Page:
I distinctly remember a scene from school when I was in third grade. My father asked my teacher how I was in class and the teacher said, “She’s ok but she’s very shy.”
In the same year, I also remember that we did wind chimes as a project for Practical Arts. While others proudly displayed their work, I was so embarrassed with mine so I hid my project behind the teacher’s table so that nobody else in class could see it.
When I reached high school, I somehow became less shy and started socializing a bit more. In college, I completely shed my inhibitions and became one of the girls who got so visible in school (because I was always smoking in the class corridor with a good-looking, non-smoking boyfriend). I also became one of the party girls who danced in clubs, in the classroom, in hallways, everywhere.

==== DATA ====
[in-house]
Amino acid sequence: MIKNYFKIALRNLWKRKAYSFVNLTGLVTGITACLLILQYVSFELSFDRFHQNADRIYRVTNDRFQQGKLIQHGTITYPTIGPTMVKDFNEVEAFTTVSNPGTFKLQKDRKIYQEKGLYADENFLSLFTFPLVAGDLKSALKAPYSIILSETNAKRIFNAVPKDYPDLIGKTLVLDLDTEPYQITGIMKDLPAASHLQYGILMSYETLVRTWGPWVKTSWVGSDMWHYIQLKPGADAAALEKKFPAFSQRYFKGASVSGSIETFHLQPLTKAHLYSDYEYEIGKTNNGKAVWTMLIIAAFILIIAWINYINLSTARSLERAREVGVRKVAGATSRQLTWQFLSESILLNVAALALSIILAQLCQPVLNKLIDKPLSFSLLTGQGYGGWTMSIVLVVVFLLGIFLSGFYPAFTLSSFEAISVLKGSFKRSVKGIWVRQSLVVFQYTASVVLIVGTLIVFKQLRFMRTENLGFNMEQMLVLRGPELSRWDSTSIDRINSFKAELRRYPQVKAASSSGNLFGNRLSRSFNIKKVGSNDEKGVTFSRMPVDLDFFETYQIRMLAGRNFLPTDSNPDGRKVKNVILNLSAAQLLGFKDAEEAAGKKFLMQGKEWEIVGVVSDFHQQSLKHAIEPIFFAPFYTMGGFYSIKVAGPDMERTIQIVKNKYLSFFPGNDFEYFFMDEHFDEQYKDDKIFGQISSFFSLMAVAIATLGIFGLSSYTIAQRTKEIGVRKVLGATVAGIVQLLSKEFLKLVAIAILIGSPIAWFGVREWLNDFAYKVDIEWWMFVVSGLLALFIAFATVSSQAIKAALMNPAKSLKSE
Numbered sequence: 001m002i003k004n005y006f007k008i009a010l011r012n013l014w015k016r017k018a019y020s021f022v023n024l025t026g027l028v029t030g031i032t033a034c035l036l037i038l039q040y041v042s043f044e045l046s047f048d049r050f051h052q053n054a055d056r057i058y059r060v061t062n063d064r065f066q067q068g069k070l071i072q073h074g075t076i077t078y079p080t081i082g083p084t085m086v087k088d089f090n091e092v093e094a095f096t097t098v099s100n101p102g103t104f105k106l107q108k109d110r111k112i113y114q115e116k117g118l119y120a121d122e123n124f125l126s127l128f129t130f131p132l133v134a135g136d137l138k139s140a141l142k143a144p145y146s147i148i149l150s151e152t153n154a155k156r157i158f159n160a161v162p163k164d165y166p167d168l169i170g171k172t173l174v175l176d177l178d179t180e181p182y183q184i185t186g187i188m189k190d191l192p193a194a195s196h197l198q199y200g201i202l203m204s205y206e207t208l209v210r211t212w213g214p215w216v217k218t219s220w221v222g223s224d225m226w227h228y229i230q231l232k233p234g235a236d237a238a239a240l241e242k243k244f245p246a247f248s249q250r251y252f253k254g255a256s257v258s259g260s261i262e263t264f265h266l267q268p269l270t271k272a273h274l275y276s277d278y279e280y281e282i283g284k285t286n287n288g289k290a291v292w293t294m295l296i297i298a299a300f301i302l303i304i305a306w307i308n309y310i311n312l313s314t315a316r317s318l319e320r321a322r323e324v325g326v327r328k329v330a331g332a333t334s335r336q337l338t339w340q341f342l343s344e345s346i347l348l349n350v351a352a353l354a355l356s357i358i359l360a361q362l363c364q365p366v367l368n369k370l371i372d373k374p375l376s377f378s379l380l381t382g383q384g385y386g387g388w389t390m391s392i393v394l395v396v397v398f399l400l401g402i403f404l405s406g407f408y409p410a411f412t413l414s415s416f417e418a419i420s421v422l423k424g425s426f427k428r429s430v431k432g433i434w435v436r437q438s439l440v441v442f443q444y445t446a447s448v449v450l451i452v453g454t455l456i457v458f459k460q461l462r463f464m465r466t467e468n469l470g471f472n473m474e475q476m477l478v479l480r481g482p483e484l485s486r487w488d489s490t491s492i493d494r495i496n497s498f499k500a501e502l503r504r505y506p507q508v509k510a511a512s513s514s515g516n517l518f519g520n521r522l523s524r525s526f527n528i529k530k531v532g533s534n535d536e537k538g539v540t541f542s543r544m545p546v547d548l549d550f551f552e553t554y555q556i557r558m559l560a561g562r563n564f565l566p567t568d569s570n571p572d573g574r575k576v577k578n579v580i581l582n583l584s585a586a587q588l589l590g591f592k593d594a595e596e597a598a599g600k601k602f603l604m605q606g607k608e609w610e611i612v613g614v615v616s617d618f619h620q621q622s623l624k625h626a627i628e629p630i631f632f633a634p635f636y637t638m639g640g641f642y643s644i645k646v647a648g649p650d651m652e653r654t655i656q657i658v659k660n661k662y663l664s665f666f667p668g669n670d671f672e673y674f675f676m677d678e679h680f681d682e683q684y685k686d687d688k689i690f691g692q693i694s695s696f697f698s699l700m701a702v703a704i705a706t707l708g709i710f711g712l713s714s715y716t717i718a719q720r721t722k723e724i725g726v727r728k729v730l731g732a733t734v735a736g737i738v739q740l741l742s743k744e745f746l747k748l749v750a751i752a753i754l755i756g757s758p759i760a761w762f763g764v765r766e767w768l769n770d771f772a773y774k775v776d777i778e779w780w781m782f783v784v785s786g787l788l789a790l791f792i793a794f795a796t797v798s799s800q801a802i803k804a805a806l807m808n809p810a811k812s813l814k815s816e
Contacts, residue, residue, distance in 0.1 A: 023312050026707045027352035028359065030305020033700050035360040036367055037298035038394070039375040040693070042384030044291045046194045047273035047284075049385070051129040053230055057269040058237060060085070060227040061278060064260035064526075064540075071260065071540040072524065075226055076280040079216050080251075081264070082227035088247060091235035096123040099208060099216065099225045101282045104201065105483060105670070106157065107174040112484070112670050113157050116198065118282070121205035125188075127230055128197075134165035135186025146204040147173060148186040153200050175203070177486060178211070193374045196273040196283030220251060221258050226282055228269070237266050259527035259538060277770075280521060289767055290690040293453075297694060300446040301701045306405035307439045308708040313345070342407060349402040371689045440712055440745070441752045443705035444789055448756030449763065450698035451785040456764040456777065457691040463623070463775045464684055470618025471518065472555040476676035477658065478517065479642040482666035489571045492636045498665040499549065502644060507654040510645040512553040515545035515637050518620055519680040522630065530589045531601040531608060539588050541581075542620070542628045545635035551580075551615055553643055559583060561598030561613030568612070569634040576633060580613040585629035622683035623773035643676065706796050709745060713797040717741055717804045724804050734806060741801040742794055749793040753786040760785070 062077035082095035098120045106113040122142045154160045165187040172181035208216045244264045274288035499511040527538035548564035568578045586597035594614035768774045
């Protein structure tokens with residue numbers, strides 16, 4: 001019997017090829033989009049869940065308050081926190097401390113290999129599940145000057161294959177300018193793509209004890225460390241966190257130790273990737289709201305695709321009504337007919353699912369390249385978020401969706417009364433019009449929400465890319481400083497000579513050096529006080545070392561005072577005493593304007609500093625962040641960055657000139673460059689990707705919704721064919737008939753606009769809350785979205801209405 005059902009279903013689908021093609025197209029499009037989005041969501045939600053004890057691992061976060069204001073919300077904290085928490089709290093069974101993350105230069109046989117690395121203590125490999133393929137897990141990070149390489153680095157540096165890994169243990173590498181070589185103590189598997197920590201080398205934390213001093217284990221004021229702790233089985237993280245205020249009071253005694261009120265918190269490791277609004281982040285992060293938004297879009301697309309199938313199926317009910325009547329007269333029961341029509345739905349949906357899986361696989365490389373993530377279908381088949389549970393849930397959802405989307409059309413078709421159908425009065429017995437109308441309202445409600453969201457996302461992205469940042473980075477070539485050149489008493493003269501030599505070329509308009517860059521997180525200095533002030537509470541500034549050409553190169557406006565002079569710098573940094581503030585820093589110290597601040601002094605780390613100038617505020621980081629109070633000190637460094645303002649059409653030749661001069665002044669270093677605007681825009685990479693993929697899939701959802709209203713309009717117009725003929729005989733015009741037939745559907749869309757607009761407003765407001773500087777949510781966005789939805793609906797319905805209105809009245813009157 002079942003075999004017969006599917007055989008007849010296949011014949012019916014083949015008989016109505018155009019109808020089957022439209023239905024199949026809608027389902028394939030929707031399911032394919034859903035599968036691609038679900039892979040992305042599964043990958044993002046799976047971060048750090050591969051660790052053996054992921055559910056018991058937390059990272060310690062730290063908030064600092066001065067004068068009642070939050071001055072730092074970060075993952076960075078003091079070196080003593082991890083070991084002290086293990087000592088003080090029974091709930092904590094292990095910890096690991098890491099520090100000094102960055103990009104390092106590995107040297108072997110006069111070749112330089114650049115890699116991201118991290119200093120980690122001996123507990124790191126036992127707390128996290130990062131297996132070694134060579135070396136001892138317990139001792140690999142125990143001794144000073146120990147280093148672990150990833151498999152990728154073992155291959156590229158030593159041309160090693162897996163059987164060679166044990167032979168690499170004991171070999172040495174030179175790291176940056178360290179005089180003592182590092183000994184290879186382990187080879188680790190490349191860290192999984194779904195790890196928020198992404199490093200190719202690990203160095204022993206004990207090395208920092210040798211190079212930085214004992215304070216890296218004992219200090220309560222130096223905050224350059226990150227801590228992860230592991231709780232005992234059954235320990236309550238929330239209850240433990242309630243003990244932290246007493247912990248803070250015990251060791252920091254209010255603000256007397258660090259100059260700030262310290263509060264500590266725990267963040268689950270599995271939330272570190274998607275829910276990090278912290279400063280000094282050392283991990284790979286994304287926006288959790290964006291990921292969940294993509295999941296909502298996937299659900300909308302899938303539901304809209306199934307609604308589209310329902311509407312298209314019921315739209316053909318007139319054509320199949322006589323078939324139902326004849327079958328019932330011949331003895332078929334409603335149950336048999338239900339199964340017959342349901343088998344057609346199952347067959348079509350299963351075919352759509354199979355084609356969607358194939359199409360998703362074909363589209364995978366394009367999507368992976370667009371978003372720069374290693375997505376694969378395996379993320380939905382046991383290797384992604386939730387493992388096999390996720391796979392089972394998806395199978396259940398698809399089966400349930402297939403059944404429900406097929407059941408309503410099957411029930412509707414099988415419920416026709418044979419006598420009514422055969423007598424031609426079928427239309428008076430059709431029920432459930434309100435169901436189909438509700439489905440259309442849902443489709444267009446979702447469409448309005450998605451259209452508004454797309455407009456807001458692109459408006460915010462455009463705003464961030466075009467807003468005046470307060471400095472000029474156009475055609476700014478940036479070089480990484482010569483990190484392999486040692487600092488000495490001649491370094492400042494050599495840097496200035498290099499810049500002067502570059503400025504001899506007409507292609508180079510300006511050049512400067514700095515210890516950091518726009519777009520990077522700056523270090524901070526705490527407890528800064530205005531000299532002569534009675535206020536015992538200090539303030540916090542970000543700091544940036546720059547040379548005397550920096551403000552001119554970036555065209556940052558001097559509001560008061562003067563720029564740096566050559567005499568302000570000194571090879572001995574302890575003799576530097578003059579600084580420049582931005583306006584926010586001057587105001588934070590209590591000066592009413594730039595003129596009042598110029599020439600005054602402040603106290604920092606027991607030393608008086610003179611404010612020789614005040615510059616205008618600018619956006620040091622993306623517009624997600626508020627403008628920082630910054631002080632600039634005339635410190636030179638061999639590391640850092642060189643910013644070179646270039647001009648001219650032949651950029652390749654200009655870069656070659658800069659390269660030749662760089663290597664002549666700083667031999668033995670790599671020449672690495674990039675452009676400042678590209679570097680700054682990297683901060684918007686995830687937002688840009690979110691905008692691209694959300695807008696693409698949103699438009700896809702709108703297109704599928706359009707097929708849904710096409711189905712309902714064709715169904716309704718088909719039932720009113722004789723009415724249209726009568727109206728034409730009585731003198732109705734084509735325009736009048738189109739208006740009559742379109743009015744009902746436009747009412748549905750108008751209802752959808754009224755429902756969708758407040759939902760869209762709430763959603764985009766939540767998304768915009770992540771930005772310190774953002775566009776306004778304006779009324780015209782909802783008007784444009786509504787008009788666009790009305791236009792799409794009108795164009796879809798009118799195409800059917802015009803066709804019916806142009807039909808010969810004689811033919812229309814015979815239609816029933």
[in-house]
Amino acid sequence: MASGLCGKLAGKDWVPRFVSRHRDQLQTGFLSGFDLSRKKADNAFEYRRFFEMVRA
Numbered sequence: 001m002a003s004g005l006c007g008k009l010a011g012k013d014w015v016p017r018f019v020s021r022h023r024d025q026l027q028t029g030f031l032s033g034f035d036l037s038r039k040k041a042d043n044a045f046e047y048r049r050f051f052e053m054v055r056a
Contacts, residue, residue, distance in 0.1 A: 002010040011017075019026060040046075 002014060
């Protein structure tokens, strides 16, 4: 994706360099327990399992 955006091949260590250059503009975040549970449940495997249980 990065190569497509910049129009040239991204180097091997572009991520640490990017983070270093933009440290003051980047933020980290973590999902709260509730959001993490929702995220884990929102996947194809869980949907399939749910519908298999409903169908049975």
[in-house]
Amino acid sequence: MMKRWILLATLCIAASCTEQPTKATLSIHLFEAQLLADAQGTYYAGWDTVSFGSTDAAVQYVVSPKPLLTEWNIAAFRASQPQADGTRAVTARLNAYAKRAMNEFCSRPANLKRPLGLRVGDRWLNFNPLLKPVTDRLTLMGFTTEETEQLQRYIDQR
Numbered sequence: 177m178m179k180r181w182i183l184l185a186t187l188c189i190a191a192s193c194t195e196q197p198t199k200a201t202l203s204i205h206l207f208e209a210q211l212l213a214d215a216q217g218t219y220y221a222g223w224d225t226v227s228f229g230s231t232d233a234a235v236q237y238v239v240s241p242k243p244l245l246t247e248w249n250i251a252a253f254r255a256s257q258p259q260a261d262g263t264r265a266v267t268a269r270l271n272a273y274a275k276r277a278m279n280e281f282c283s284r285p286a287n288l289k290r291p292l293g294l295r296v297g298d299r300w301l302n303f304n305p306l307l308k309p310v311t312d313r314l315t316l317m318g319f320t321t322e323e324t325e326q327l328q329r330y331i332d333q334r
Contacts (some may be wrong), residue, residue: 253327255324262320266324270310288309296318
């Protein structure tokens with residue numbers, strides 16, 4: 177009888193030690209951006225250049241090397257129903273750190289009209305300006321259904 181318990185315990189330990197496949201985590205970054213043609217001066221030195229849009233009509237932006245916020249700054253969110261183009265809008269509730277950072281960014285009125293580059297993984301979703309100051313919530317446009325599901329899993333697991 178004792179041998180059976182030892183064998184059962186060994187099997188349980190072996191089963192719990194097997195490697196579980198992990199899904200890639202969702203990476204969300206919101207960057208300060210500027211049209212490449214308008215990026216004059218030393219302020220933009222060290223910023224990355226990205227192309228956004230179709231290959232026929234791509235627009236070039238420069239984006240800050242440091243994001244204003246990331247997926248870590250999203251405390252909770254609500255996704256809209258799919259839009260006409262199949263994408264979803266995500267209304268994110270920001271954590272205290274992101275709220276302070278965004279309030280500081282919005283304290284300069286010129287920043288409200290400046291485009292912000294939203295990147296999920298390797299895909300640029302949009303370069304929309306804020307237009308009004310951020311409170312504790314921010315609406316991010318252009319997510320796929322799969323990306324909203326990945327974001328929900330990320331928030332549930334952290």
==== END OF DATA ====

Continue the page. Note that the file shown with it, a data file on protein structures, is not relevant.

After college, I found a career in advertising, an industry that has absolutely no place for shy people. Here, I further learned how to speak in presentations, in pitches, during lectures, in big-audience venues.
As to how I transitioned from an extremely shy girl to an extrovert, I really do not know. But I have my theories:
One is that I wasn’t really shy as a kid. I was probably just embarrassed about my stick-thin figure. When I slowly filled up, my confidence meter consequently shot up. So it is probably true that your confidence is contingent on how you perceive and value yourself. If you feel good inside, you will automatically radiate that feeling to the outside world.
The second one, which is directly opposed to the first, is that I am really by nature shy and that I just became a “learned extrovert”. It is probably because I did not have a choice. I had to belong. I had to survive. Learning confidence was probably difficult at the beginning but like all things you do on a habitual basis, confidence is something you’d eventually be comfortable possessing.
Funny that even at this age, I do not know whether I am shy or not. Truth is, it is totally irrelevant at this point. I have changed.
I’ve willed myself to change.